I am elastic.
Stretch me to buy another gallon of local milk—$3.79. The same price it was two days ago when I bought a pair. More cereal—the filler food of teen boys.
Stretch me to gather long underwear, jeans, basketball shorts, hockey socks, and smelly creatures hidden under beds and couch cushions. For washing, again. Always again. Gather, fail to sort, wash, fold, repeat.
Stretch me to sweep floors, wipe yellow spots from white rims, pull sheets from beds, dust surfaces, mop endlessly.
Stretch me to answer four-year-old questions that poke until a reply is given—Mama, what color is hot lava? Mama, why can’t I have another...? Mama, did I do so good? Mama, what do t-rex’s eat?
Stretch me to dance gracefully with my teenage boys—step not too close, but not too far away. Listen more, talk less. Watch diligently, but not stalkishly. Hold tight, but don’t let them feel the grip.
Stretch me to drive in circuitous routes of school, home, ski hill, hockey rink, rec center, baseball field, football, cello practice, haircuts, home.
Stretch me to craft responses, create beauty, find connections, dance my fingers over black lettered keys.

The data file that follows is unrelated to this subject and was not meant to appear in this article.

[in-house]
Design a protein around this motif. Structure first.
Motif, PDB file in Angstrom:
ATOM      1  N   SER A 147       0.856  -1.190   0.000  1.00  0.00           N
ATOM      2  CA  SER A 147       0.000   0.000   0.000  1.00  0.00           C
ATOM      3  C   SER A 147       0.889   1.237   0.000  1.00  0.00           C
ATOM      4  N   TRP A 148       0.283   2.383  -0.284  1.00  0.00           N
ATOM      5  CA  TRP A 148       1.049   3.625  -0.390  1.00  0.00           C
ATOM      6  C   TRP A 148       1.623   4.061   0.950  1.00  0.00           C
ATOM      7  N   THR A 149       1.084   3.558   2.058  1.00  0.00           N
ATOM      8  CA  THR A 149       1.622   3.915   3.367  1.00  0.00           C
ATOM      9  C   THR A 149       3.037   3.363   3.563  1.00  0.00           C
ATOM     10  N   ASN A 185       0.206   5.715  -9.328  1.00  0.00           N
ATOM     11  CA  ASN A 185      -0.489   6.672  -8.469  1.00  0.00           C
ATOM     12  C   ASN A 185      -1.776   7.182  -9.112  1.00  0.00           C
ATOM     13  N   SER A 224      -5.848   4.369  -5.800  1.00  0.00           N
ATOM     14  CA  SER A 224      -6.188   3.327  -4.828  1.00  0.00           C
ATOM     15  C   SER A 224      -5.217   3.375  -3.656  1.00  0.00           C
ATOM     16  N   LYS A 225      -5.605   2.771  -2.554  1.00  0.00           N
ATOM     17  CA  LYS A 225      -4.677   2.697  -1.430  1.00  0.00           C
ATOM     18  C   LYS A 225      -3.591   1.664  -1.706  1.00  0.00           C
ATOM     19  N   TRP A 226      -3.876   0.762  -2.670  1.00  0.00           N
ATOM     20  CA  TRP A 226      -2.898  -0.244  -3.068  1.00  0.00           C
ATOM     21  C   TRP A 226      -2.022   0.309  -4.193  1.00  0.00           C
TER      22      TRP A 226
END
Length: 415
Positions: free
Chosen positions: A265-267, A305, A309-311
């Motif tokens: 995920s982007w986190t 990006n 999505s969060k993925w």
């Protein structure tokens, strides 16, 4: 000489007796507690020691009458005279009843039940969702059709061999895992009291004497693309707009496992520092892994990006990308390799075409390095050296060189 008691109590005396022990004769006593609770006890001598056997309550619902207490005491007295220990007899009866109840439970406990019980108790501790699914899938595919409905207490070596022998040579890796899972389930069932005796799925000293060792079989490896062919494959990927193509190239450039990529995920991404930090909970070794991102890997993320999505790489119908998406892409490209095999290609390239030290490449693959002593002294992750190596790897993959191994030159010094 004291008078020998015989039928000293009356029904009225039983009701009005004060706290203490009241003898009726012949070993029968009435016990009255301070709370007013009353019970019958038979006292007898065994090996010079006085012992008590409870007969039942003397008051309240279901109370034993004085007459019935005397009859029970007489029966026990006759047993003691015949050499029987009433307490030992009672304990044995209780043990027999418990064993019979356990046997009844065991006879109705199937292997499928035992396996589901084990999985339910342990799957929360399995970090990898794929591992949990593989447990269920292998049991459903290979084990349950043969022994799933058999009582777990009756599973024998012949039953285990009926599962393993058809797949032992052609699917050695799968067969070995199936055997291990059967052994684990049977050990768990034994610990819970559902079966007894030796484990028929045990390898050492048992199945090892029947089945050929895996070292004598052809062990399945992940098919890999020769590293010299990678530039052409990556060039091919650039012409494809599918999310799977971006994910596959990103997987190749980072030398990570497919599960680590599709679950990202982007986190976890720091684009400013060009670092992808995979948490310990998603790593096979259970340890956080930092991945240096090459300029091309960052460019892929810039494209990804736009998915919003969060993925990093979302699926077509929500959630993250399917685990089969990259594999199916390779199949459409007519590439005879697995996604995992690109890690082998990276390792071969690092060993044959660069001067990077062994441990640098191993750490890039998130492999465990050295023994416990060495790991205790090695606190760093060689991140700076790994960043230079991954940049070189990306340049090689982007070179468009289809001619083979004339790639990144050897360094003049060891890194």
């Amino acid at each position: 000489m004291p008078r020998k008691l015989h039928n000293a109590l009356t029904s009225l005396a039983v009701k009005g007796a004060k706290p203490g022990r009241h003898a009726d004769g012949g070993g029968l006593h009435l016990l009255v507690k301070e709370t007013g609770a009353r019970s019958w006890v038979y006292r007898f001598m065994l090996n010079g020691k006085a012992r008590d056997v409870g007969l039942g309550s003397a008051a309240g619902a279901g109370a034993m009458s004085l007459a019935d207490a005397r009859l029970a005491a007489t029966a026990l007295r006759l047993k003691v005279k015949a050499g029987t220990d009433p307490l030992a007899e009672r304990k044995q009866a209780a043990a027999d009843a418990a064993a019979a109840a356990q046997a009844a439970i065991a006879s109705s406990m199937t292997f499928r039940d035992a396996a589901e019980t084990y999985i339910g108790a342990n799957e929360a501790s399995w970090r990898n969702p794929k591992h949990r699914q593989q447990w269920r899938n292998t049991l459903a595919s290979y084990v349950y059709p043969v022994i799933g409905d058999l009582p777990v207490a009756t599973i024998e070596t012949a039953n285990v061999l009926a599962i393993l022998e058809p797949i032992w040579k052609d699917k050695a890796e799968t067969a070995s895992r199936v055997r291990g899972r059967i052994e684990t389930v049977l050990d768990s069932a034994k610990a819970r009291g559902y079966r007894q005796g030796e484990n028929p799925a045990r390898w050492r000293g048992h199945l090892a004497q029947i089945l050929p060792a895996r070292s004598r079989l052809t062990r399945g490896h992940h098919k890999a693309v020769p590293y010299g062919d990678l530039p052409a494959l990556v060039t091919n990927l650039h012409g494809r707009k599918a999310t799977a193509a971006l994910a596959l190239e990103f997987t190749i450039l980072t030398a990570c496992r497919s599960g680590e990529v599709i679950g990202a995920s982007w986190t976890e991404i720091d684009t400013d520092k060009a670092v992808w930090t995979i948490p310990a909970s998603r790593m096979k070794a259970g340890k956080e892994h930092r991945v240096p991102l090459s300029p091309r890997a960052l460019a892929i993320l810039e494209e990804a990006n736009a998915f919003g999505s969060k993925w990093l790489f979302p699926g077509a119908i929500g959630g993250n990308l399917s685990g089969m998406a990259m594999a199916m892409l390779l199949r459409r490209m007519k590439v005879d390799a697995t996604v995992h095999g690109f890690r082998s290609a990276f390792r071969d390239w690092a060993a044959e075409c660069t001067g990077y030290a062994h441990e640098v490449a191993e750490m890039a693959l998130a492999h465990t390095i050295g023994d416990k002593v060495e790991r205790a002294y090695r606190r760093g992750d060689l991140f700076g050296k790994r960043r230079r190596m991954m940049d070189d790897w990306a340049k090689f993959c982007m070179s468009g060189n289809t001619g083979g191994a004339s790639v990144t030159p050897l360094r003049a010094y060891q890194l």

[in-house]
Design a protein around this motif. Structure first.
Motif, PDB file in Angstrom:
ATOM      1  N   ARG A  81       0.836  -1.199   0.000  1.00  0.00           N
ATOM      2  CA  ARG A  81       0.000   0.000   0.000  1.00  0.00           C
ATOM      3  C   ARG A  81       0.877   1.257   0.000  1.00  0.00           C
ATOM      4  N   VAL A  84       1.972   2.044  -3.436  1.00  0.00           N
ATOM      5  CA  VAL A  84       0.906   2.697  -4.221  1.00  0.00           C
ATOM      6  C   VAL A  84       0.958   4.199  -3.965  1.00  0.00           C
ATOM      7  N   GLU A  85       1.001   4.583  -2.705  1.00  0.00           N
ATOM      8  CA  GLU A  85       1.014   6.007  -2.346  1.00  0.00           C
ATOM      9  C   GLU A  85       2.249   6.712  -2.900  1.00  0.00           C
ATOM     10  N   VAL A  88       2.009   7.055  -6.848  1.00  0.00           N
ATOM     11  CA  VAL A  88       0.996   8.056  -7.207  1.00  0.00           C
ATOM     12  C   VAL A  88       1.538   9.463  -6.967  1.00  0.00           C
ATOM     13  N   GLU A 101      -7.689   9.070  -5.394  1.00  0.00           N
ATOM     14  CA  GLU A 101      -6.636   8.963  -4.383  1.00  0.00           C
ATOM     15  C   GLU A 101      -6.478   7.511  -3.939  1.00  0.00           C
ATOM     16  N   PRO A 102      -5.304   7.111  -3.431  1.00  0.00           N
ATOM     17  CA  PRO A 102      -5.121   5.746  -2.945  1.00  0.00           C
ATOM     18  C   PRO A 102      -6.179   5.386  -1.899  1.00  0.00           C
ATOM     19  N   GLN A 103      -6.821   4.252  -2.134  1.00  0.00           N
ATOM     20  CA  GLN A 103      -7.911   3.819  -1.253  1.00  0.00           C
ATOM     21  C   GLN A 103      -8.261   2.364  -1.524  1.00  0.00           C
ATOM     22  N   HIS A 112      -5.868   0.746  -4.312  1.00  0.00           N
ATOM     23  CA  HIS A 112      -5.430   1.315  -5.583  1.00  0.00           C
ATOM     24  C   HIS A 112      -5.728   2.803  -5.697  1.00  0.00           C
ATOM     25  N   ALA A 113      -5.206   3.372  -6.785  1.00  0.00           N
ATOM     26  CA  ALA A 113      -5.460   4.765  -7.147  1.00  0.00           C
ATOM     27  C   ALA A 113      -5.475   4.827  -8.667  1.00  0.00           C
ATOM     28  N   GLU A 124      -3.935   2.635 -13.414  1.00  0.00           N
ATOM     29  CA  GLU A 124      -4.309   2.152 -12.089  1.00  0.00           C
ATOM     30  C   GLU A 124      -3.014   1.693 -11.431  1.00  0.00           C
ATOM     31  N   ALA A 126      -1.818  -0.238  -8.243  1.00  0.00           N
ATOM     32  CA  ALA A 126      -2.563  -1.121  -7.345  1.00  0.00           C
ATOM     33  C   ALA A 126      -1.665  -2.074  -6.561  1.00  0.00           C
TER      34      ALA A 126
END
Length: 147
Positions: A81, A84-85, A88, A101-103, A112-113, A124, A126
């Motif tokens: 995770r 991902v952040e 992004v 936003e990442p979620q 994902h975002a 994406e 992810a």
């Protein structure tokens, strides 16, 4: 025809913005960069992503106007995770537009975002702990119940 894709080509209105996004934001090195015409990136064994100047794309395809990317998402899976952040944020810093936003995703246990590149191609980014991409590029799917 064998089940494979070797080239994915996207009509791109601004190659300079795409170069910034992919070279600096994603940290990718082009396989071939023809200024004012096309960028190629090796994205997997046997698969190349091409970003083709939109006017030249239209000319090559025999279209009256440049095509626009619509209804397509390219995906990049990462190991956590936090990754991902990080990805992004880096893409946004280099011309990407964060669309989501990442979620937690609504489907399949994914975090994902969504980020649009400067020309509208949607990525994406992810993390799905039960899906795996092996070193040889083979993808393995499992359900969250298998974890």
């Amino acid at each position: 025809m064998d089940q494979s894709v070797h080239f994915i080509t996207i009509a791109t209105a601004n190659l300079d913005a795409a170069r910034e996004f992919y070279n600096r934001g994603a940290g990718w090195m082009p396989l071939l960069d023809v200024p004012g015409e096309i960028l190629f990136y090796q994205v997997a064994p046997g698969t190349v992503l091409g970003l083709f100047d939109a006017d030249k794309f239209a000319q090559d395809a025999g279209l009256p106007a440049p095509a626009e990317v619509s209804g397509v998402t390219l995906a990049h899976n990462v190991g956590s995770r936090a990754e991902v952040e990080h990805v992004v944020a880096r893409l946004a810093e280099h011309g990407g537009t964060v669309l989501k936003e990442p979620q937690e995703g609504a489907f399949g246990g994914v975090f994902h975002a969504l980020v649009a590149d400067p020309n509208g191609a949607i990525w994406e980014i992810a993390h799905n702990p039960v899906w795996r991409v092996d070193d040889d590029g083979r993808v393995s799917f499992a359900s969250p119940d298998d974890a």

Stretch me to feed these future men the goodness of faith, food, knowledge, time, leisure, love.
Stretch me to give the things that nourish. Things of worship, depth, quiet, honor, physical exertion, rest. Not just to them, but to myself.
Stretch me to allow moments not filled, but full. Not things to check off the taskmaster list, but small seconds to check myself into, fully available. To be present with all senses in one beautiful moment.
I am elastic.
I’ve dreamed of it. The superpower to stretch my arms across the room and pull my boy from an oncoming altercation all the while sipping wine and not missing a beat in a conversation. Of stirring squash soup with one hand while tapping out a story swirling in my brain with the agile, flexible fingers of the other.
But, that’s not what my elastic was made for. It wasn’t made for dreamlike scenarios of rescue and practicality. No, no...it was made for resilience—for spirit deepening, patience growing, fiber building love work. For time that isn’t there, but must be carved and stretched. For fear that tugs and tears and threatens to split me in two. For joy so voluminous it requires my heart to blanket the expanse of all, of everything.
On golden days, my elastic is fluid, moving as if to an unheard beat. It is smiling, laughing, triumphant, claiming, “By jolly, it all went on without a hitch!” But often it is overused and dried up. Fragments fly—pieces of temper flash, harsh words scatter, small faces pout bottom lip out, larger child faces spout words back. On those days, my elastic stretches transparent, taut to the breaking point.
But mercifully, it does not break.
There is grace enough for today.
I am elastic.